Up until relatively recently, New Zealand was home to very few people. This lack of human influence and geographic isolation has made the country a breeding ground for a unique, bird-dominated fauna, home to plants and animals that are not found anywhere else in the world.
The problem is that predators of all shapes and sizes have been introduced onto the island over time threatening the country’s unique native species. According to some studies, New Zealand has the highest rate of threatened species in the world — around 80% of the island’s birds, reptiles and freshwater fish.
So the Government — under the watchful eye of Environmentalist Ed Chignell — has set out on a plan called ‘Predator-Free New Zealand 2050’. This aims to “dramatically reduce” New Zealand’s populations of introduced predators, including ferrets, weasels, possums, stoats and rats by 2050.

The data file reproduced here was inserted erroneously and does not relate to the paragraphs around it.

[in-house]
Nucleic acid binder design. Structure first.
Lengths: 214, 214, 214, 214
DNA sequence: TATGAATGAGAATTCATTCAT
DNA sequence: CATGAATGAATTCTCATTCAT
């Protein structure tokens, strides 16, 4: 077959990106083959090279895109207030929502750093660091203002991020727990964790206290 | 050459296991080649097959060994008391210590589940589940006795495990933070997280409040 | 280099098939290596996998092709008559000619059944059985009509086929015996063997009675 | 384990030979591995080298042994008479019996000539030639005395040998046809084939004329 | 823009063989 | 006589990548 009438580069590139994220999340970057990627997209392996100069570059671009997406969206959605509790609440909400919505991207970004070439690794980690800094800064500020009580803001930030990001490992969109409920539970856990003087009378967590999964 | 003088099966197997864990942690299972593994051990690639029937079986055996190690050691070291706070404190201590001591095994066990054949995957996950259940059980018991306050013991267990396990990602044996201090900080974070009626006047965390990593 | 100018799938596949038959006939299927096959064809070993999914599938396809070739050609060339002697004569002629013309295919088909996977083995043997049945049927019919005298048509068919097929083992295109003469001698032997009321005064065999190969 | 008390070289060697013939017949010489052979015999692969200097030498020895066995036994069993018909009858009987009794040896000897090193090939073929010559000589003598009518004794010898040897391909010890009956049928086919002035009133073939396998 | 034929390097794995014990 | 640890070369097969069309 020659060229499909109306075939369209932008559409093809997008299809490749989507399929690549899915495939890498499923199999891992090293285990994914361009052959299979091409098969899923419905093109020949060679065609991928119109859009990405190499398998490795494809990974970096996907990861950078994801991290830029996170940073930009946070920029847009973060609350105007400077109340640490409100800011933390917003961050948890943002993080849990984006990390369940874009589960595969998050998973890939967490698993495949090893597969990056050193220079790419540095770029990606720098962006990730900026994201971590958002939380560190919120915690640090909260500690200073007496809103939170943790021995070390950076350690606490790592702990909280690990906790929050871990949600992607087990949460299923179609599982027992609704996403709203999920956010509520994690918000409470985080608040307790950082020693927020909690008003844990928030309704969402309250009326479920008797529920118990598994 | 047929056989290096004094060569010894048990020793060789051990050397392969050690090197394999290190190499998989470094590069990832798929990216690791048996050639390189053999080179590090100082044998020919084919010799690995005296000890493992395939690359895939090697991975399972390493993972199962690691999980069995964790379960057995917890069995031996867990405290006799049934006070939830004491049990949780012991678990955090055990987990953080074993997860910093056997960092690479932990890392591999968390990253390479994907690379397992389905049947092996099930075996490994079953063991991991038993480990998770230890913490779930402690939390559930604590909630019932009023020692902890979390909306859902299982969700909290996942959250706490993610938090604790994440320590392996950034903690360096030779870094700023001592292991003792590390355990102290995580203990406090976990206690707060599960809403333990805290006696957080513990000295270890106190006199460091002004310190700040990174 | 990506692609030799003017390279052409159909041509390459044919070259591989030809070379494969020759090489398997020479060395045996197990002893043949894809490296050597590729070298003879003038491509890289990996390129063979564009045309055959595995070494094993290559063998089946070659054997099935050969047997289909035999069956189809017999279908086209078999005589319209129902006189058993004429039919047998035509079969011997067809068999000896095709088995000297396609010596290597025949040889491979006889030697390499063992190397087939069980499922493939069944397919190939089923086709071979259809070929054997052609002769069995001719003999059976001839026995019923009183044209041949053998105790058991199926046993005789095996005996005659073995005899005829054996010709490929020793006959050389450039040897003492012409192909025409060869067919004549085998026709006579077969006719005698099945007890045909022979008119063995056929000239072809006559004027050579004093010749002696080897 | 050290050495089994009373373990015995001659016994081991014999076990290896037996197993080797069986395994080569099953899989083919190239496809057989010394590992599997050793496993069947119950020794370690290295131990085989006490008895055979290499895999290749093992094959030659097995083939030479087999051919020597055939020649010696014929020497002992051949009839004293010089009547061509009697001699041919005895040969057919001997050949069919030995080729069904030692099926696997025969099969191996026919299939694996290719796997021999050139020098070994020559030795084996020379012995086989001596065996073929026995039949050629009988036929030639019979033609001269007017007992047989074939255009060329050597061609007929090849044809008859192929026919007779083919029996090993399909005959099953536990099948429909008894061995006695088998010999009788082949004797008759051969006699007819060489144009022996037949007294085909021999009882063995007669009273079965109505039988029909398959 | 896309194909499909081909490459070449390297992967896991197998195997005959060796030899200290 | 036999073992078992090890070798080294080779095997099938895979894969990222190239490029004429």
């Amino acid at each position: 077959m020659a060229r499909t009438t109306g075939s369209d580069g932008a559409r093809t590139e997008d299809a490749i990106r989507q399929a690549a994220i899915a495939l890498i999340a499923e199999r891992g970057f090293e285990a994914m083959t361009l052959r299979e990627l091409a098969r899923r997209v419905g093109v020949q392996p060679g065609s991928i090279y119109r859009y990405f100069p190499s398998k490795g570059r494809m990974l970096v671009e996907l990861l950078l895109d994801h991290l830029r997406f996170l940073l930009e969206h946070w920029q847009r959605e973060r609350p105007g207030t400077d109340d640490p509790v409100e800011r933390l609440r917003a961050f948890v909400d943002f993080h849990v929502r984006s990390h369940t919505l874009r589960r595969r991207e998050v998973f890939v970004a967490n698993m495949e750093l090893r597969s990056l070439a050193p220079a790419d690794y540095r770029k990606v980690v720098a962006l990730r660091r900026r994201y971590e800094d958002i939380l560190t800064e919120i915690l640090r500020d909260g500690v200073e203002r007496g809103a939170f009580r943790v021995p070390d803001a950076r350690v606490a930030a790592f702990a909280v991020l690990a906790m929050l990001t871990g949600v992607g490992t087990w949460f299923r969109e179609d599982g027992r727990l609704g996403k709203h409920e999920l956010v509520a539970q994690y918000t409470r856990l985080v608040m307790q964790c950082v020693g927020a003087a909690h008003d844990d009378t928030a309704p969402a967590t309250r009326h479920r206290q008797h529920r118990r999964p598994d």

This is a world-first: although invasive species have been eliminated from more than one thousand islands, they’ve never been attempted on such a large scale. It’s also difficult, as it’s never clear what will emerge to take place left by predators, or if the island population will support the programme. But it’s believed the programme could have serious implications for other conservation initiatives across the world, and particularly among those with a high proportion of animal diversity – something common to the tropics.
Chignell, a conservationist and co-founder Treescape New Zealand, is perfectly placed to steer the plans. It’s believed that success in the scheme could have implications for other islands with endemic species.Tags: birds, New Zealand